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European court reinstates order for Russia to pay $50 billion for oligarch's lost oil assets

European court reinstates order for Russia to pay $50 billion for oligarch's lost oil assets
A Dutch appeals court has reinstated an international arbitration panel's ruling that Russia should pay $50 billion in compensation to ex-shareholders of the defunct Russian oil giant, Yukos, overturning a previous court decision.

The Hague Court of Appeal ruled on Tuesday that the 2016 ruling cancelling the arbitration decision "was not correct," meaning that "the arbitration order is in force again."

The Russian Justice Ministry said immediately after the ruling that it would appeal the court's decision. The Ministry of Justice said the court had ignored the fact that the former Yukos shareholders were not "bona fide investors."

"Control over the assets of this company was obtained through a number of illegal actions, including conspiracy and bribery of officials," said the ministry. "During the management of Yukos by the former majority owners, there was massive tax evasion, illegal withdrawal of assets abroad, money laundering, and other illegal actions."

The Russian Justice Ministry pointed out that the European Court of Human Rights (ECHR) did not find any political motives in the criminal prosecution of former Yukos executives Mikhail Khodorkovsky and Platon Lebedev and that no compensation would be awarded.

The ministry added it will continue to uphold its legitimate interests and plans to appeal the ruling in the Supreme Court of the Netherlands.

The arbitration panel had originally ruled that Moscow seized control of Yukos in 2003 by hammering the company with massive tax claims. It ordered Russia to pay former shareholders $50 billion in compensation.

Russia challenged the decision, sending a detailed response to the Hague's District Court. It expanded on arguments about unlawful acts committed during and after the privatization of Yukos. It revealed examples of manipulation and collusion during mortgage auctions, bribing state managers, creating an extensive network of shell companies to minimize taxes, and exporting illegally acquired assets abroad, concealing the true beneficiaries of the supposedly foreign companies that filed lawsuits in The Hague against Russia.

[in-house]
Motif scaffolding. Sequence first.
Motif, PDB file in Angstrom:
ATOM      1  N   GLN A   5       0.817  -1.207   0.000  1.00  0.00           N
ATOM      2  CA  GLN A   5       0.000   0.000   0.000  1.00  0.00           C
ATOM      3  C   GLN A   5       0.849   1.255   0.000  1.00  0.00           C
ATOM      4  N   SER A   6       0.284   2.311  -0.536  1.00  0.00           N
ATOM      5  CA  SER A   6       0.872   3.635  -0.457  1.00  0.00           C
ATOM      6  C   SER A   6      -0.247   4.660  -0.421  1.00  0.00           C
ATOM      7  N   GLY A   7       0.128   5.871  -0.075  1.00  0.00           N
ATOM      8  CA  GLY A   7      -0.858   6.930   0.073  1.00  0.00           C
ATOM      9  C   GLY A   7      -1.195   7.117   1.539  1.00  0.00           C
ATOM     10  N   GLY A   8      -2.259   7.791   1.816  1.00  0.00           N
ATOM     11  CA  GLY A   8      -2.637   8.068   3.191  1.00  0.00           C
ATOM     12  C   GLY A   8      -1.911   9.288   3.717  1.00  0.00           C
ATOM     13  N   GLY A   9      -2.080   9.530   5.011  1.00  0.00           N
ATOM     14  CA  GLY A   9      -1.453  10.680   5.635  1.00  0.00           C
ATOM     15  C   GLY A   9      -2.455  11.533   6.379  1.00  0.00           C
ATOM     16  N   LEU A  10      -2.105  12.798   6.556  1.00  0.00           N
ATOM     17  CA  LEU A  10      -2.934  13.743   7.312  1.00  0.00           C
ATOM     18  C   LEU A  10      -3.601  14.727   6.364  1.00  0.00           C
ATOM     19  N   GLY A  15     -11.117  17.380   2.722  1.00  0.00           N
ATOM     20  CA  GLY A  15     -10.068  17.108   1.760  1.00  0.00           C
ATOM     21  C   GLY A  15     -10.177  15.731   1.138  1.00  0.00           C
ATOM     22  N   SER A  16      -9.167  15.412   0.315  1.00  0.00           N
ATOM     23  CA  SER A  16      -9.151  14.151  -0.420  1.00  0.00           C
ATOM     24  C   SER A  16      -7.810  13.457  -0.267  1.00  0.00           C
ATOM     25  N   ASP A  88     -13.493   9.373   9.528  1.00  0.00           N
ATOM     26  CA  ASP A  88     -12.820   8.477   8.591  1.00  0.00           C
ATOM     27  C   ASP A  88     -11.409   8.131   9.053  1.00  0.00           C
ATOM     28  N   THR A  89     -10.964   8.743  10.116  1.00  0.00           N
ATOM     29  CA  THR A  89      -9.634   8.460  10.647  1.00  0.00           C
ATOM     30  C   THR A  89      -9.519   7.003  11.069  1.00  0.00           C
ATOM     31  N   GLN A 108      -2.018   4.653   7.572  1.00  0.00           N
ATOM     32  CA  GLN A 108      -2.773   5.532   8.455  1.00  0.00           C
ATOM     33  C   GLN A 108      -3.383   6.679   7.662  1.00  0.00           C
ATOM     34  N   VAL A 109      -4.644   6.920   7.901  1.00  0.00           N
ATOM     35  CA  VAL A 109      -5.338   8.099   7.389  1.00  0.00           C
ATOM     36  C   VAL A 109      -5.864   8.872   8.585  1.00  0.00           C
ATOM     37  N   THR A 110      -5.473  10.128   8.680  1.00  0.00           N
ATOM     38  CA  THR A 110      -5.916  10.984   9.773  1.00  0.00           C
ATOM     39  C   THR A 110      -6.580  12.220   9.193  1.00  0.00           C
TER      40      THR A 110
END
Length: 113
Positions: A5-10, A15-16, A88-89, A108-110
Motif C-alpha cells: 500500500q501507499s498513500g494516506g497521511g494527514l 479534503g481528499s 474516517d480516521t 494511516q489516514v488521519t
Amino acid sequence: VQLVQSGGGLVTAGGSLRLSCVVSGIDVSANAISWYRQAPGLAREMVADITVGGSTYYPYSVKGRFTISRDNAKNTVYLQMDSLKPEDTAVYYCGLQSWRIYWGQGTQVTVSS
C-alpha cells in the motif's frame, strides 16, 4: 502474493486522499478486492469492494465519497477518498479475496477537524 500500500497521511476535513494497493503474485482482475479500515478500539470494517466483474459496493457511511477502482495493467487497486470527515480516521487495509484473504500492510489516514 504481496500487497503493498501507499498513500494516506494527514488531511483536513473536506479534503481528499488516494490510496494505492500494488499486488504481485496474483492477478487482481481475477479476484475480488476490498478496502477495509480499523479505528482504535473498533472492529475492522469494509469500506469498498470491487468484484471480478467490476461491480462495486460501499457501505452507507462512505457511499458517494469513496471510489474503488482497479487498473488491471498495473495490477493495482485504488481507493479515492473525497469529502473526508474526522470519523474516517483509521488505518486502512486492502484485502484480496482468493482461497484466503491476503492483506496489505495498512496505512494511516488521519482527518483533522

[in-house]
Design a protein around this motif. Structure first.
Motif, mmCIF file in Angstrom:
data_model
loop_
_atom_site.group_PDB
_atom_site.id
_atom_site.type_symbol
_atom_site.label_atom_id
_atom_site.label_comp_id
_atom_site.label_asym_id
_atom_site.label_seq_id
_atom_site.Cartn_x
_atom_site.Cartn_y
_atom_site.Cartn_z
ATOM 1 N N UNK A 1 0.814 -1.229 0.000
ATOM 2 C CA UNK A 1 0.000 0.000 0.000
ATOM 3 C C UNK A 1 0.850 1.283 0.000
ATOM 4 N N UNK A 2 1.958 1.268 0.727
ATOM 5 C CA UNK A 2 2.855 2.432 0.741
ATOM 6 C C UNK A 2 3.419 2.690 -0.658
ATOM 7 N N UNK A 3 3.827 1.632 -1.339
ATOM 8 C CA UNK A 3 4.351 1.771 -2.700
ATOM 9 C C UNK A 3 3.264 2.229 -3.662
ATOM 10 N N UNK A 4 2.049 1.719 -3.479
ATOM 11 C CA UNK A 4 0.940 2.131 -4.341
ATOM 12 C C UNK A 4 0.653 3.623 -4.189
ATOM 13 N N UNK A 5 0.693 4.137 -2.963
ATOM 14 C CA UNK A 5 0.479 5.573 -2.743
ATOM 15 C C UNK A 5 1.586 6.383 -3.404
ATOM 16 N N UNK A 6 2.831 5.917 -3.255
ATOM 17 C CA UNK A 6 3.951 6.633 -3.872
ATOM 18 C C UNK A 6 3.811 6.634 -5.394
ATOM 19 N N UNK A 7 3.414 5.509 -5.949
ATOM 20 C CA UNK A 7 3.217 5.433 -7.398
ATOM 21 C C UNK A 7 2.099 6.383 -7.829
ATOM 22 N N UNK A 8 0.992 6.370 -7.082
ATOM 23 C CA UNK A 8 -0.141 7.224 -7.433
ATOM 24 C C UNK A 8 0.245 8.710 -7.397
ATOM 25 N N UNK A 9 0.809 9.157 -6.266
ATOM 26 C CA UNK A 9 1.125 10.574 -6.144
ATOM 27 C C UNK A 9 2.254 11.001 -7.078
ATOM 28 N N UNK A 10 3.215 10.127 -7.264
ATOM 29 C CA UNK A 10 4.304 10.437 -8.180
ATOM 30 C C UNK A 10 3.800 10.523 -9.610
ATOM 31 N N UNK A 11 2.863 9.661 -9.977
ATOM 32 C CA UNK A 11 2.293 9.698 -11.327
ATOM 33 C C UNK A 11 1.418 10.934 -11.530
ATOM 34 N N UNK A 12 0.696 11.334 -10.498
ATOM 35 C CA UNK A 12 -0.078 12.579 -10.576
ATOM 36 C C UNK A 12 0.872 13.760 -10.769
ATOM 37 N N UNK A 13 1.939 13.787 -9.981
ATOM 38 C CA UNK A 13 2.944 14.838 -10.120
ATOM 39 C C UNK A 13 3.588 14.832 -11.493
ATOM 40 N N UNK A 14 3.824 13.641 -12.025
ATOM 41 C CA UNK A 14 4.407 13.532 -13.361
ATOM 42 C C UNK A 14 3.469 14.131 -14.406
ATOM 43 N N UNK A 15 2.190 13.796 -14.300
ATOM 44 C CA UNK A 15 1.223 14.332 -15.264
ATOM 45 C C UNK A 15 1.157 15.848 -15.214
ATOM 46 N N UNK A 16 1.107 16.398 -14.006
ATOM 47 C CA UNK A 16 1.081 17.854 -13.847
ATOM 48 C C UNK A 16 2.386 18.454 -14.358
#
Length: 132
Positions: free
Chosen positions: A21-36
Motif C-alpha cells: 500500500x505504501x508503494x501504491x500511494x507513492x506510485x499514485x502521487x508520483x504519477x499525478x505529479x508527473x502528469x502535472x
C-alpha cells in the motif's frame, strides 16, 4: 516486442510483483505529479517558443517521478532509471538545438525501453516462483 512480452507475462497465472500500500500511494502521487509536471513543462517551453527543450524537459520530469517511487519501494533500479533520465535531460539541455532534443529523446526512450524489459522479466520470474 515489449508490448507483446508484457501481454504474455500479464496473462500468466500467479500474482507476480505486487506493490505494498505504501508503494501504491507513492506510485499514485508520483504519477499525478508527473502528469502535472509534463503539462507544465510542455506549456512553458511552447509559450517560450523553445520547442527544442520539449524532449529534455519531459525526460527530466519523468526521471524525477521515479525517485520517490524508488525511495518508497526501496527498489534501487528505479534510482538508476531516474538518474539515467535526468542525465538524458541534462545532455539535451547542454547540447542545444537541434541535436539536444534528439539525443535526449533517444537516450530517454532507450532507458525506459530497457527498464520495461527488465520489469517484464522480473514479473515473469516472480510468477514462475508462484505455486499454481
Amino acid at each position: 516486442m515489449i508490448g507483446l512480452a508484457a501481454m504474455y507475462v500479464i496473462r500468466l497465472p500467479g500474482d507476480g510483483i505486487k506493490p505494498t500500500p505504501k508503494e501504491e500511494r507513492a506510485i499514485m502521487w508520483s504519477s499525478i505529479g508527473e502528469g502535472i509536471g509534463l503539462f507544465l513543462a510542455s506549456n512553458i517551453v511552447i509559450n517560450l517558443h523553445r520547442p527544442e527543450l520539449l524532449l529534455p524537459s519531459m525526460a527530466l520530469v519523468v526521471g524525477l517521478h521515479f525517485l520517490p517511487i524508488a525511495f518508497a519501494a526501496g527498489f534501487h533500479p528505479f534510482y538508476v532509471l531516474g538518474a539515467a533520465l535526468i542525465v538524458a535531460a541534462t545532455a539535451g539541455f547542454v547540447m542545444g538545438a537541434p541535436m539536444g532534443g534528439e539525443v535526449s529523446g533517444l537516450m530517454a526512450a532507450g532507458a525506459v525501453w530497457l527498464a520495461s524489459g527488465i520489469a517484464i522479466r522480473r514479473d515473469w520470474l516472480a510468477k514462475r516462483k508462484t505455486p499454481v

In April 2016, the Hague's District Court overturned a decision by the Permanent Court of Arbitration ordering Russia to compensate former shareholders of the company that was once owned by oligarch Mikhail Khodorkovsky.

In the summer that year, ex-shareholders appealed to the Hague Court of Appeal to reverse the district court’s decision and restore the arbitral awards. 

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A preliminary probe into the main Yukos case was opened in Russia in 2003. The oil company was accused of tax crimes and declared bankrupt by a Russian court in 2006 with its assets sold at auction as part of the liquidation process.

Former chairman of Yukos Mikhail Khodorkovsky and his business partner Platon Lebedev were found guilty of embezzlement, tax evasion and money laundering. According to the probe, Khodorkovsky scammed Yukos' minor shareholders, siphoning $51 billion to offshore accounts.

The former oil tycoon was sentenced to nine years in prison in 2005 following a lengthy legal battle, which was increased to 11 years after a second trial ended in late 2010. He was pardoned by President Vladimir Putin in 2013 and left Russia for Germany, Switzerland, and then the UK.

In 2015, Russian prosecutors accused Khodorkovsky of ordering the murder of the mayor of Siberian city Nefteyugansk, Vladimir Petukhov, and an attempted assassination of businessman Evgeny Rybin. He was then placed on an international wanted list.

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